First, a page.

Today was the first day of “Math Is Everywhere” Week. We want students to realize the value in math, and we want them to engage in meaningful discussions about math as well. Today, students were asked to bring in a “book that has to do with any topic in math.”

When I saw the focus for today, I thought that students would bring in books like, *Mouse Shapes*, where math is embedded as part of the story. With this in mind, I was completely surprised by what I saw. Almost all of the students brought in math workbooks. *I hadn’t considered this possibility at all.*

This new focus on problem solving though has taught me to “expect the unexpected.” There is not one right answer. Meet students where they’re at and move them forwards. So for our Sharing Time today, students shared the books that they brought in and how these books relate to math:

Then I thought of my overall goal. I want students to see that math does not need to be taught in isolation. I want them to see that they can look and find math in everything that they do. Here’s my plan then: *tomorrow, I’m going to have them pick storybooks and look for “math” in these books. ***What will they see? Will they be able to apply what we’ve learned in class to what they see in these storybooks? Can they create their own math problems and share their own math stories?** I’m interested to see what happens!

**What would you do given this same situation?** I’d love to hear your ideas as well!

Aviva

“I want students to see that math does not need to be taught in isolation. I want them to see that they can look and find math in everything that they do.”

I agree; this is very important for students to understand. Furthermore, even in isolation mathematics should be more about discovery than problem solving per se. This is for number of reasons. Firstly, understanding and discovering concepts in mathematics leads to an ability to solve many types of problems whereas being able to solve specific problems does not necessarily lead into a deep understanding of concepts involved. Secondly, and quite obviously, if mathematics is taught in isolation, children grow up thinking “when will I ever need this in real world”.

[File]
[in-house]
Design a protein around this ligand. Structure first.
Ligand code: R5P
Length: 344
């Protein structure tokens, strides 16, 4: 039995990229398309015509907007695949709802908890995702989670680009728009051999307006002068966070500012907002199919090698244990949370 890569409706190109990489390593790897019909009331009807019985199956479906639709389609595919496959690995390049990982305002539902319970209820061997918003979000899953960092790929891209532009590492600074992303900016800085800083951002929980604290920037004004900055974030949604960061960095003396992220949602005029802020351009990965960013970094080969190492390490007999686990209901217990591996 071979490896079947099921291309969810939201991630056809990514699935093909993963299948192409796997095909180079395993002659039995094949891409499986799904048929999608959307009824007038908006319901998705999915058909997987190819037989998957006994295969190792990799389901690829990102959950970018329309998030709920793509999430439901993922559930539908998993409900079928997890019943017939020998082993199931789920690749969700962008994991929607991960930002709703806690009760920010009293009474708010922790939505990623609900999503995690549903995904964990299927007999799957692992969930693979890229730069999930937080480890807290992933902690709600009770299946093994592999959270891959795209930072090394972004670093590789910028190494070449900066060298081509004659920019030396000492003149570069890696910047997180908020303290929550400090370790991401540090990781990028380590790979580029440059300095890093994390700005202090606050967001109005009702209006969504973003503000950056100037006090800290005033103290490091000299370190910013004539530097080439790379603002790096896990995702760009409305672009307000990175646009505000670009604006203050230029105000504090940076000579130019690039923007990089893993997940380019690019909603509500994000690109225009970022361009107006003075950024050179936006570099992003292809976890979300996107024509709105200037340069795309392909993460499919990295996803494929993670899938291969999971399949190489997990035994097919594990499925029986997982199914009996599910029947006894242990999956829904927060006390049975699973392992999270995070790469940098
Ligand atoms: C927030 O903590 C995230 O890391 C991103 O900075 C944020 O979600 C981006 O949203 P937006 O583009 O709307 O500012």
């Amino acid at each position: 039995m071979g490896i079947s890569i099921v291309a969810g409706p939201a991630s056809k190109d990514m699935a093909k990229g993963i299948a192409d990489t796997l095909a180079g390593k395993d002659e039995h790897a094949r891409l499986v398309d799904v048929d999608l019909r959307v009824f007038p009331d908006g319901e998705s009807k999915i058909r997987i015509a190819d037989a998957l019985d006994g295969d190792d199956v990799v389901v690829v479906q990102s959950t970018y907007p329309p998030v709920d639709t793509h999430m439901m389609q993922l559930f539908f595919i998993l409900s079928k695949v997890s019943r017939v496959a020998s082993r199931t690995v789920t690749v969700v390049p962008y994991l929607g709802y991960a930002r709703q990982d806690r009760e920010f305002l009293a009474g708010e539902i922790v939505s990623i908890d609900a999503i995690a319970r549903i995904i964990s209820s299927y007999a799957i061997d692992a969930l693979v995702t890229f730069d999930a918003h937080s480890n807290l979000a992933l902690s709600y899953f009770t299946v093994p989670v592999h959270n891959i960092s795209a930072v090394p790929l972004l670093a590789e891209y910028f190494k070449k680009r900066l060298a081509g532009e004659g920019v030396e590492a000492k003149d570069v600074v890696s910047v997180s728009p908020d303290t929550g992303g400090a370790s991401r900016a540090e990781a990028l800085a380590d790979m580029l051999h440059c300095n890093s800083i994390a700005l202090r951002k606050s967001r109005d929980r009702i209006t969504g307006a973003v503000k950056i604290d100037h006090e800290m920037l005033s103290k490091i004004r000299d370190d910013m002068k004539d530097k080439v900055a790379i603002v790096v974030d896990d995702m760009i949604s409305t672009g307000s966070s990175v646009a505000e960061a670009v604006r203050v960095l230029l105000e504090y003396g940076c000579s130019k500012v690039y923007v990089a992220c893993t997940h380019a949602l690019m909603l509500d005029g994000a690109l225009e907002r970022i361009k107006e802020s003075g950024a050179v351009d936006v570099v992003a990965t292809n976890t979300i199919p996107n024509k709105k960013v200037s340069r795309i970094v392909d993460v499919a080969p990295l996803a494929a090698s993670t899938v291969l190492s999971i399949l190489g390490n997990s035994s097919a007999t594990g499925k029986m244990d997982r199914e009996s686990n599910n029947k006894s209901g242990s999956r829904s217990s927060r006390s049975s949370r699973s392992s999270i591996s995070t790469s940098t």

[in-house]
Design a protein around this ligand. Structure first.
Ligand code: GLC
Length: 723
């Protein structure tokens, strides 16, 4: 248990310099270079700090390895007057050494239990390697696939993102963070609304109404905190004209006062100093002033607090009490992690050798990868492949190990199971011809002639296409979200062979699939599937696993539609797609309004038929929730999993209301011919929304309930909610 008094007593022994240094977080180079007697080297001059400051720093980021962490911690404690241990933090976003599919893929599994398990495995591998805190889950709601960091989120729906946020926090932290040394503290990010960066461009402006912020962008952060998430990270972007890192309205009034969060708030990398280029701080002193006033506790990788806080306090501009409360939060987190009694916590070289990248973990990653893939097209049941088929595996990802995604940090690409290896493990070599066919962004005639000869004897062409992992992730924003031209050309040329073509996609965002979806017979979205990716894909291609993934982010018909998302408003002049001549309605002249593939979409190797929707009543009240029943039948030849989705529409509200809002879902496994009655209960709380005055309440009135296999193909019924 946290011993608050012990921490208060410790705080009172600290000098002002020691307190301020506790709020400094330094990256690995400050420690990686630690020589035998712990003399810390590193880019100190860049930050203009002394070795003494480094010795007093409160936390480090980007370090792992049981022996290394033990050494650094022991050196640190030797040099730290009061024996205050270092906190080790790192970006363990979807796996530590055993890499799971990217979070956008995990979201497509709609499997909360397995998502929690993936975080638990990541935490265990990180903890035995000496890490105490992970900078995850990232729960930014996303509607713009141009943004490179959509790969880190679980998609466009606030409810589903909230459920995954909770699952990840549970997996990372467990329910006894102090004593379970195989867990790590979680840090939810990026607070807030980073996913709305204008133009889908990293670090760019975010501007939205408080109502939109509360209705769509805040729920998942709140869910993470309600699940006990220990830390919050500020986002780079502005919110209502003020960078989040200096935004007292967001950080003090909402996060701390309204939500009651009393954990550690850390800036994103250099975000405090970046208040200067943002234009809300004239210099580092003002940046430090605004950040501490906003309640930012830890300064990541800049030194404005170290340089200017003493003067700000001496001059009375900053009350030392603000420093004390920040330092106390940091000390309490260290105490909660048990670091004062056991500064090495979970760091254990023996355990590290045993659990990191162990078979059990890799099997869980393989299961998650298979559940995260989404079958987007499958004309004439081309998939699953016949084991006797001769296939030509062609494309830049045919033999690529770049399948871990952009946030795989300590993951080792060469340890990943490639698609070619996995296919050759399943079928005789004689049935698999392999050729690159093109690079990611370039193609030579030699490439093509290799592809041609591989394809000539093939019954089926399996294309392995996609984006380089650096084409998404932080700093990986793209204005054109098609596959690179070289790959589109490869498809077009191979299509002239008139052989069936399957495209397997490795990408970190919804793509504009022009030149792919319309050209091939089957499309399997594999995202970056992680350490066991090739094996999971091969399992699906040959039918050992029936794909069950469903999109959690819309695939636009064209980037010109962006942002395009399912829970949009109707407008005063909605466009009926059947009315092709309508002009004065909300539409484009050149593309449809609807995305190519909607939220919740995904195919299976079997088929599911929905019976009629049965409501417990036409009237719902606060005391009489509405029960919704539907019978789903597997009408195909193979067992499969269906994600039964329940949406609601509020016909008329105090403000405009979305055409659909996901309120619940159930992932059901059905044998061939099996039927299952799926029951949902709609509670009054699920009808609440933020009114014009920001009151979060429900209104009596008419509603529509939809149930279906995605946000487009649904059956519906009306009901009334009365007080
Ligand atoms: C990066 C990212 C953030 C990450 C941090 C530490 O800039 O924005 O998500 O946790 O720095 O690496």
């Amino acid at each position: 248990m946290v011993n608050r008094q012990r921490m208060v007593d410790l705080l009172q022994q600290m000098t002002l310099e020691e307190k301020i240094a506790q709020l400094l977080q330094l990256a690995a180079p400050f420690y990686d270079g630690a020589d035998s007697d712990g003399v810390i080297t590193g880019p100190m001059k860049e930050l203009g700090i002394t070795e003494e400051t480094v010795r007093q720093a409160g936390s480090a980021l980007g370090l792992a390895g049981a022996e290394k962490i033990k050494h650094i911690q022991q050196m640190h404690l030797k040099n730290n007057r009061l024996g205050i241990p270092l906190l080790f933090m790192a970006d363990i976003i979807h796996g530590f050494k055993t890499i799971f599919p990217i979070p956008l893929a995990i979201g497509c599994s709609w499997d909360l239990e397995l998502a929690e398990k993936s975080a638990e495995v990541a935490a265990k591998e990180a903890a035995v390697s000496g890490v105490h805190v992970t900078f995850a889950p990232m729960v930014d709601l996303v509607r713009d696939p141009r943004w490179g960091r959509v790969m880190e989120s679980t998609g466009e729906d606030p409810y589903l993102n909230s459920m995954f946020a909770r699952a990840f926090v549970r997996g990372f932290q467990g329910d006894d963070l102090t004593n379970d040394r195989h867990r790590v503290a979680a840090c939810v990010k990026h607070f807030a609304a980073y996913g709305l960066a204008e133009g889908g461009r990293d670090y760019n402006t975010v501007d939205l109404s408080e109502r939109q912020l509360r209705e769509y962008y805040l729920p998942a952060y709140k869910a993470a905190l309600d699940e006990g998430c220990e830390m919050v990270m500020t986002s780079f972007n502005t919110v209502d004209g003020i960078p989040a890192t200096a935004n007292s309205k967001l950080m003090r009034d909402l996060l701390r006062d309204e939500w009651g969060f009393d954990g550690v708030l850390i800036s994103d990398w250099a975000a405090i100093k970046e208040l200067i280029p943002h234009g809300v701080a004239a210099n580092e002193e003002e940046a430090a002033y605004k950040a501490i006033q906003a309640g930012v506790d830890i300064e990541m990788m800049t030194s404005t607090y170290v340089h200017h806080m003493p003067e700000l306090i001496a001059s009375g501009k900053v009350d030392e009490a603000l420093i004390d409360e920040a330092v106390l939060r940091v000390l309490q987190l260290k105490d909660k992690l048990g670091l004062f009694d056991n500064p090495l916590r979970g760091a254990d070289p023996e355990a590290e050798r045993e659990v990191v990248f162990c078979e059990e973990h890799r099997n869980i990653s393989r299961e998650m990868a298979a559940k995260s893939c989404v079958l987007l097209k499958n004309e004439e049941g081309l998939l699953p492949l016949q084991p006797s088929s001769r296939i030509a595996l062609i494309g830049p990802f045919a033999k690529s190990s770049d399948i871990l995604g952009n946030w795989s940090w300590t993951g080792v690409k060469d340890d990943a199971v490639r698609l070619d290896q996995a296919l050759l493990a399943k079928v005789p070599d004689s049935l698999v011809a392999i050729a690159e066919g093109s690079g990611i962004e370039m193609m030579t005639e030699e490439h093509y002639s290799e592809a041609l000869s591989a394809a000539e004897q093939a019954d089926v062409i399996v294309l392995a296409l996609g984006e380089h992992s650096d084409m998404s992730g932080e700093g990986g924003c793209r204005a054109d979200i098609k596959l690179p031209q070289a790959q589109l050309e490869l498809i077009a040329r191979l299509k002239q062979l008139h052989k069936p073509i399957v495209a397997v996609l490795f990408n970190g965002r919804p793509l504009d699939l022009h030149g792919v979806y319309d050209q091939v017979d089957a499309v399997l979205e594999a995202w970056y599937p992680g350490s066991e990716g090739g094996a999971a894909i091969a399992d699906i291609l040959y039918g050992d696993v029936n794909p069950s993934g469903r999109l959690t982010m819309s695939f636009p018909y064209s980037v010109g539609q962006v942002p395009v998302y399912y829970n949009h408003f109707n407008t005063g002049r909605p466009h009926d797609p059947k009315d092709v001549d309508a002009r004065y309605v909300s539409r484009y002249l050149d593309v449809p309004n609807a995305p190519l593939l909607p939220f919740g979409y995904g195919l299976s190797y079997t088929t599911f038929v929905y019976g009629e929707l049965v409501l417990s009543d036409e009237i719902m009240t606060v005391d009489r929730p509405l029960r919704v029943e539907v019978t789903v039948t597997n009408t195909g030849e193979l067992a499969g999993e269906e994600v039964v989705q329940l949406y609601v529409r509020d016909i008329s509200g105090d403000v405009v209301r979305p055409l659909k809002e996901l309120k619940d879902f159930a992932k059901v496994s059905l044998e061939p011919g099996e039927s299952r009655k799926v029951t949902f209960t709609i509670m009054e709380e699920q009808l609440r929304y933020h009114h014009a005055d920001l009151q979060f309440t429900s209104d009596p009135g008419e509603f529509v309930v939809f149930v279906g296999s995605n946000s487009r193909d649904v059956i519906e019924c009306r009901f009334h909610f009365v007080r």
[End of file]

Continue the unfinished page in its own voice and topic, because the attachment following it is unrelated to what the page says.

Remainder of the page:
Your plan sounds great and I too am interested to hear what happens.

I don’t know about any specifics ideas, but considering math education I think than it helps also to raise awareness on a superficial level. For example, how we wouldn’t have computers, game consoles or computer graphics without mathematics. (I find this quite interesting: http://www.sciencedaily.com/videos/2007/0503-math_in_the_movies.htm )

All the best! Math is Everywhere!

-Antti, logic.ant-ti.com

Thanks for the comment! You make some interesting points. When I think of “problem solving,” I also think of “discovery.” I don’t see problem solving all about just figuring out the answer, but also about exploring the concepts, communicating ideas, and pushing your own thinking and the thinking of those around you. Maybe my definition of problem solving overlaps problem solving and discovery.

I’m excited to see what happens with the book activity too. I’m sure that I’ll be blogging more. Hopefully students will start to see that math really is everywhere!

Aviva